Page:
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A songbird is a bird belonging to the clade Passeri of the perching birds (Passeriformes). Another name that is sometimes seen as the scientific or vernacular name is Oscines, from Latin oscen, "a songbird". This group contains 5000 or so species found all over the world, in which the vocal organ typically is developed in such a way as to produce a diverse and elaborate bird song.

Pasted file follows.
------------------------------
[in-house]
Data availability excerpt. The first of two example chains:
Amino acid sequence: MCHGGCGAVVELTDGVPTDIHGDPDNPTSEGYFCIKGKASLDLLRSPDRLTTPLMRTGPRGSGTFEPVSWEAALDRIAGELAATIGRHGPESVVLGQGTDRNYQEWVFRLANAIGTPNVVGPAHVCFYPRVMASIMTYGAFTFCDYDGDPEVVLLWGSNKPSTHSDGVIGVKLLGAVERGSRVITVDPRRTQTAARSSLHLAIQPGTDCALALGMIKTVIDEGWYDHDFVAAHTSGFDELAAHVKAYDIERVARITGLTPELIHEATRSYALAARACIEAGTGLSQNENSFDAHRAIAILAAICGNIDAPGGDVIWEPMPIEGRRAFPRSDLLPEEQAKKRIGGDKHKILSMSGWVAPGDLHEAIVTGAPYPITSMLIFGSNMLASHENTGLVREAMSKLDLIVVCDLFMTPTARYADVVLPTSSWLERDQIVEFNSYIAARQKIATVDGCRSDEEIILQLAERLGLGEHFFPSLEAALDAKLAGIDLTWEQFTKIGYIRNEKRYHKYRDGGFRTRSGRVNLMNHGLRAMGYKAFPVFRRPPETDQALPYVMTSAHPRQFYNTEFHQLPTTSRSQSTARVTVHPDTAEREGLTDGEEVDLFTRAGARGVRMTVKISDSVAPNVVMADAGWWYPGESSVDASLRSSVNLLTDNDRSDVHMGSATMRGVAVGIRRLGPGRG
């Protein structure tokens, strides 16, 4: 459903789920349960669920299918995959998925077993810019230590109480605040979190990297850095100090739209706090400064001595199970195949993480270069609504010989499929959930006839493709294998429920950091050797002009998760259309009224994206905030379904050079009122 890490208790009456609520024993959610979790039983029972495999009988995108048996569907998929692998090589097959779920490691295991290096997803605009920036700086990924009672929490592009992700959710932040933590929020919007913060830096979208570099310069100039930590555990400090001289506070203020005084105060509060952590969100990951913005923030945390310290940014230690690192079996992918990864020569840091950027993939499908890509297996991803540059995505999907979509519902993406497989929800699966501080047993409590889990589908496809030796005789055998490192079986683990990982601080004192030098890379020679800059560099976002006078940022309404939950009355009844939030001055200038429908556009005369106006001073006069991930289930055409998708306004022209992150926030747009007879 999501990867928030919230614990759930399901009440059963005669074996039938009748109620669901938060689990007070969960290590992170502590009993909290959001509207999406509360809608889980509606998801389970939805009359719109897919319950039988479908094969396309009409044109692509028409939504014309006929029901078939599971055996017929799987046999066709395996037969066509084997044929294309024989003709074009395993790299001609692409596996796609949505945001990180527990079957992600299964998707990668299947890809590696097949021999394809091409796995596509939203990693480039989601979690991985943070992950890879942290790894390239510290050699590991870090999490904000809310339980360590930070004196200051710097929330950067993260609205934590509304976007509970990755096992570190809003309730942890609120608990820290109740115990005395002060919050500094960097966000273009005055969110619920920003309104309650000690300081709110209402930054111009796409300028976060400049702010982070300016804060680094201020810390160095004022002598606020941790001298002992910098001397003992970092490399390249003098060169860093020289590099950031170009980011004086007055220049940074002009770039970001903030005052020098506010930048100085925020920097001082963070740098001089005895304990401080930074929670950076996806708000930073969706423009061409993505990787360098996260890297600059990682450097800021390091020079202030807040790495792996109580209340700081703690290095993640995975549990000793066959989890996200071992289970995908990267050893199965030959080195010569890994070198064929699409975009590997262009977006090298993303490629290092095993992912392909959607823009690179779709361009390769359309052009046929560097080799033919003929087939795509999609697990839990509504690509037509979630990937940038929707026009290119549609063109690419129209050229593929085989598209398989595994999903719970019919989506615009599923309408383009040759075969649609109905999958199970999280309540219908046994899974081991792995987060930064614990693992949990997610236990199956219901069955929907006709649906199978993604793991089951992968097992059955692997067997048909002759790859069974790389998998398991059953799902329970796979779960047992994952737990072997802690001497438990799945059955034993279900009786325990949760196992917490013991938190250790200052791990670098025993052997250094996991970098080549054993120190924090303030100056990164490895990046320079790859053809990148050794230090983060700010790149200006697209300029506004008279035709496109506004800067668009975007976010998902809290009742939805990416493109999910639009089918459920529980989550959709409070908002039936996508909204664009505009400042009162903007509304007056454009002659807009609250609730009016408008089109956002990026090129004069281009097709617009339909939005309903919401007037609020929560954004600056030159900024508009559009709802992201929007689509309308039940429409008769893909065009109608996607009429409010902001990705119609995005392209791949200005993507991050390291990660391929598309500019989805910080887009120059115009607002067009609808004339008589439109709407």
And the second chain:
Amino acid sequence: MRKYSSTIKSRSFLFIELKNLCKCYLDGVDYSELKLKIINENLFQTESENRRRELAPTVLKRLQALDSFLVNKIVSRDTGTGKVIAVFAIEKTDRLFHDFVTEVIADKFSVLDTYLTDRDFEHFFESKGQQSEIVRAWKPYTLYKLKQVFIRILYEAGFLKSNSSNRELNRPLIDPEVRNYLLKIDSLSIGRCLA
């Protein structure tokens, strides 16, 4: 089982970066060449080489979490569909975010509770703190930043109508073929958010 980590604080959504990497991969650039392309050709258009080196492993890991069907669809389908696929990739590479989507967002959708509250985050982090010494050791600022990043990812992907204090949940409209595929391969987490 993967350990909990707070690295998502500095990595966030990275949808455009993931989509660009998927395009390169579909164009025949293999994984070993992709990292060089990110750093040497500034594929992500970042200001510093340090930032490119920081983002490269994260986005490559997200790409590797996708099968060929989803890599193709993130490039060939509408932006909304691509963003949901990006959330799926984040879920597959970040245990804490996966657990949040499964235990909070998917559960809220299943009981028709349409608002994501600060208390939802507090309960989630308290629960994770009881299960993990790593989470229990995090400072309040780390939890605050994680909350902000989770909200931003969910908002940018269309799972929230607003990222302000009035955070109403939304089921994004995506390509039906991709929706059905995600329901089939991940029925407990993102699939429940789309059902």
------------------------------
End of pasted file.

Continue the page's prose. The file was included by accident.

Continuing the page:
Songbirds form one of the two major lineages of extant perching birds, the other being the Tyranni, which are most diverse in the Neotropics and absent from many parts of the world. The Tyranni have a simpler syrinx musculature, and while their vocalizations are often just as complex and striking as those of songbirds, they are altogether more mechanical sounding. There is a third perching bird lineage, the Acanthisitti from New Zealand, of which only two species remain alive today.Some evidence suggests that songbirds evolved 50 million years ago in the part of Gondwana that later became India, Sri Lanka, Australia, New Zealand, New Guinea and Antarctica, before spreading around the world." - ( 08.08.2020)

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